Singapore Bans People Receiving Legal Aid from Gambling

Singapore’s casinos will no longer grant access to specific individuals who are receiving criminal legal aid. The move marks the latest effort of the country to prevent abuse. Newly implemented regulations seek to ban people from gambling who are benefitting from legal representation via Singapore’s Criminal Legal Aid Scheme (Clas).

Currently, the Criminal Legal Aid Scheme, which is under the Ministry of Law’s Public Defender’s Office, provides legal representation for people who cannot afford it. A charity called Pro Bono SG is in charge of Clas.

To eliminate potential abuse, Singapore implemented new rules which came into effect on April 1, 2024. Under the new regulations, anyone who benefits from legal aid won’t be permitted to gamble at brick-and-mortar casinos. Moreover, such individuals won’t be permitted to participate in the lottery, engage in slot gambling or gamble online.

The changes were discussed by a spokesperson for the Ministry of Law, who was recently cited by the Straits Times. The spokesperson explained that the change seeks to “safeguard the financial situation of aid recipients, in view of their financially vulnerable circumstances.”

Moreover, the Ministry of Law’s spokesperson said that based on an analysis of records provided by gambling operators, only a handful of people who receive legal aid engage in gambling activities. Still, the representative confirmed that the latest changes affect everyone who currently benefits from legal aid.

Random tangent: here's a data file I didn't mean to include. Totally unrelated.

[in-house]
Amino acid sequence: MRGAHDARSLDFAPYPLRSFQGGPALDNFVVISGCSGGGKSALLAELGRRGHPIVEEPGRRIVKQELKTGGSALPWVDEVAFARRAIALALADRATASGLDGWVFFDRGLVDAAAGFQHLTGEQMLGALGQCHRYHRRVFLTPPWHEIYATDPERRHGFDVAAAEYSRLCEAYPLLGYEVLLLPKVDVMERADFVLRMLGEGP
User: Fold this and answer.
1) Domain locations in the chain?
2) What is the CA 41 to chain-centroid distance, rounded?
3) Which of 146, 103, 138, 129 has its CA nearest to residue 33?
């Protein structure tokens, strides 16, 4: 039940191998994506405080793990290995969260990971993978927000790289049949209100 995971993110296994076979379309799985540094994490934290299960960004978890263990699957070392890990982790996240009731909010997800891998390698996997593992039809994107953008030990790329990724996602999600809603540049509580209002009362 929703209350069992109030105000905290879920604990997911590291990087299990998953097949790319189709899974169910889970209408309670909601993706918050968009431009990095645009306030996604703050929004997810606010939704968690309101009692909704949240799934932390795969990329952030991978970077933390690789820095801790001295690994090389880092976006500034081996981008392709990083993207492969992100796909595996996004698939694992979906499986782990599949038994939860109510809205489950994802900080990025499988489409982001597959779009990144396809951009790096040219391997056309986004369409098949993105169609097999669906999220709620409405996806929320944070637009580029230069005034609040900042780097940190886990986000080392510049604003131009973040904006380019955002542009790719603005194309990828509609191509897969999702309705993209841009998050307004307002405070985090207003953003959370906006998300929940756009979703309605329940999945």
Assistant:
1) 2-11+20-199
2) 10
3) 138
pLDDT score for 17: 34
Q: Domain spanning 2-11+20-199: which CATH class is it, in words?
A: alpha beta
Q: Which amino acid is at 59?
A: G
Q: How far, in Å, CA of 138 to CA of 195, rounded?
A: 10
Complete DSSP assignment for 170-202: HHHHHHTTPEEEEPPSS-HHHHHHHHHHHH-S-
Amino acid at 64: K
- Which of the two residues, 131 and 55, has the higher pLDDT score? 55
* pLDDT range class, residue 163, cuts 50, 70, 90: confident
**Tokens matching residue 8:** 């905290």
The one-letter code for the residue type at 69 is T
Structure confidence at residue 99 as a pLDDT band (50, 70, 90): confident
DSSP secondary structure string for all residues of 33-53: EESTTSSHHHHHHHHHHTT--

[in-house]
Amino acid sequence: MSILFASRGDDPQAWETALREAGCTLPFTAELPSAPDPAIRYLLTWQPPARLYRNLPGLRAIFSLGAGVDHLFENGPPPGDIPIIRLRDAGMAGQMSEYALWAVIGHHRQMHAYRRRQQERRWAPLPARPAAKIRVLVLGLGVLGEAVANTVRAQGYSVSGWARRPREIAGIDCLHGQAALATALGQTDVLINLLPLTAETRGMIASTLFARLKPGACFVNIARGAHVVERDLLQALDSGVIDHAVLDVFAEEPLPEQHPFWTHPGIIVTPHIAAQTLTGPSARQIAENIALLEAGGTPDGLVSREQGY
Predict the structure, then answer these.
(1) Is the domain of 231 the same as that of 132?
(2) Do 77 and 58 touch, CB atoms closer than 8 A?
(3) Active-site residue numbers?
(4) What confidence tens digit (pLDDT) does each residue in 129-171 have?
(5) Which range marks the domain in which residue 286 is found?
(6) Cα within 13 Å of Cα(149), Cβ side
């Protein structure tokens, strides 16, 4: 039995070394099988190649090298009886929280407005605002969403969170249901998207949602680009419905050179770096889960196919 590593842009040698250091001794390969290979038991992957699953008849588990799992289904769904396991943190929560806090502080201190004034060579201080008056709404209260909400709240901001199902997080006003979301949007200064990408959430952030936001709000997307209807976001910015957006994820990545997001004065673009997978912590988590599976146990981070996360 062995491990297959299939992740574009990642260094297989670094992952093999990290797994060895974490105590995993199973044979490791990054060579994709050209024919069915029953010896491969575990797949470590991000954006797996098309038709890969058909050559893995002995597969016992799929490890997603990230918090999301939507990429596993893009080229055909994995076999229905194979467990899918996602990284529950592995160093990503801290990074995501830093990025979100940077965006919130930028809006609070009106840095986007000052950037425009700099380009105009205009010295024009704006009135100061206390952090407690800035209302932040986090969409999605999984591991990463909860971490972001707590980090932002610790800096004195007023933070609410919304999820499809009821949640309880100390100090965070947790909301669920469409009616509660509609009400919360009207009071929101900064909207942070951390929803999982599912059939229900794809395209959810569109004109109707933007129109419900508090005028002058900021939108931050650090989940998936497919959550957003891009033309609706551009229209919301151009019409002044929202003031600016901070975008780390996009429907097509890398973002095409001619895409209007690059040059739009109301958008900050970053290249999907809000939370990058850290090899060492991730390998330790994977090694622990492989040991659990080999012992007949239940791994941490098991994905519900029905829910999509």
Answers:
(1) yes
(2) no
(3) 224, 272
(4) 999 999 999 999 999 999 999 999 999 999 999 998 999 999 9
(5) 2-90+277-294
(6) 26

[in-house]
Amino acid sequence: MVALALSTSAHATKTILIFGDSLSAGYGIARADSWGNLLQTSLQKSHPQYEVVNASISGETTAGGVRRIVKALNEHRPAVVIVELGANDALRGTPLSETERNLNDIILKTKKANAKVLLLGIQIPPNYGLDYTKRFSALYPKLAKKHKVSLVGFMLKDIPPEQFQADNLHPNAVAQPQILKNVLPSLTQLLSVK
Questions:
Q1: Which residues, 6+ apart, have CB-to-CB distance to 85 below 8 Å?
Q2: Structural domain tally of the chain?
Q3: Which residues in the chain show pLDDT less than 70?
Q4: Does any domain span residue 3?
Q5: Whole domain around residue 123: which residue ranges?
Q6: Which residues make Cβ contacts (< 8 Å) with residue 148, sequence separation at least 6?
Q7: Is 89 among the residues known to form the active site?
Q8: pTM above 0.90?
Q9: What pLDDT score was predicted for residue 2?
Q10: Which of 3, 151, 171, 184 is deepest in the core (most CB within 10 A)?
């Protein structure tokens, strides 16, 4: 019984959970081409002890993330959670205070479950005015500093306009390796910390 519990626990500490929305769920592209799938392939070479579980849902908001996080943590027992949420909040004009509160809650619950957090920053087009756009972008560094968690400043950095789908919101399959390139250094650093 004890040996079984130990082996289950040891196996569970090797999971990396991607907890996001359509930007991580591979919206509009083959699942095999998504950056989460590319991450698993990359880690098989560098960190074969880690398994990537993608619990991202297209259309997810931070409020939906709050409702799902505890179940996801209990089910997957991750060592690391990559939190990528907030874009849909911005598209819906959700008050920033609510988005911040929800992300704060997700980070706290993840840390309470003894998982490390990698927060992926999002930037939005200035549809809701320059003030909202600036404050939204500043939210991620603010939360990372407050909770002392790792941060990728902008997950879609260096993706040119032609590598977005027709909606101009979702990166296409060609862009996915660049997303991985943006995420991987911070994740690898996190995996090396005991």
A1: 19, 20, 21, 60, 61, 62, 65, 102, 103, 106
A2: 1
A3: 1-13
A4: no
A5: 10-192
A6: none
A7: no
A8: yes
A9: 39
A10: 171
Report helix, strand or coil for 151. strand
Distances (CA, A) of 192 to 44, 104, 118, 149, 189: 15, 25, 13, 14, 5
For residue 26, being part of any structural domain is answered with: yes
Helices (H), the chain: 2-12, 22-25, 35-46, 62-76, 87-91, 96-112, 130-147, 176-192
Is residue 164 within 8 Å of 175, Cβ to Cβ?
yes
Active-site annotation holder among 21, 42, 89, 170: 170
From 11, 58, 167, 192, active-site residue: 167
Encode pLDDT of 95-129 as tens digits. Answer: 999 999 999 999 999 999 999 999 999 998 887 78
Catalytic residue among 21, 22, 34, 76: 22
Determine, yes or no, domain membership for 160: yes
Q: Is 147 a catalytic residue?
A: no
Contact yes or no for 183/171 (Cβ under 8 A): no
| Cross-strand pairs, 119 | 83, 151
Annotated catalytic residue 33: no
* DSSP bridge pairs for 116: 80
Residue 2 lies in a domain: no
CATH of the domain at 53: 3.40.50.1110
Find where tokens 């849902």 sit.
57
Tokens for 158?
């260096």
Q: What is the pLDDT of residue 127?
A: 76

All existing recipients of criminal defense aid are affected by this exclusion. However, only a small number have records of visiting the casinos, jackpot machine rooms, or have an online gambling account with Singapore Pools,

explained a spokesperson for the Ministry of Law in Singapore

Changes Welcomed by Lawyers

In light of the recent changes, anyone currently benefiting from legal aid won’t be permitted to gamble without any exceptions. However, if a person’s court case is concluded, they will be allowed to gamble. Similarly, people who have stopped receiving legal aid for two weeks will also be permitted to resume gambling.

Expert lawyers were pleased with the newly implemented regulations. Josephus Tan, Invictus Law’s founder, who was interviewed by the Straits Times, revealed that a person who cannot afford legal aid must not be permitted to purchase lottery tickets for example. He said that taxpayers wouldn’t like to see their money spent on people who cannot pay for legal aid but have money to gamble away.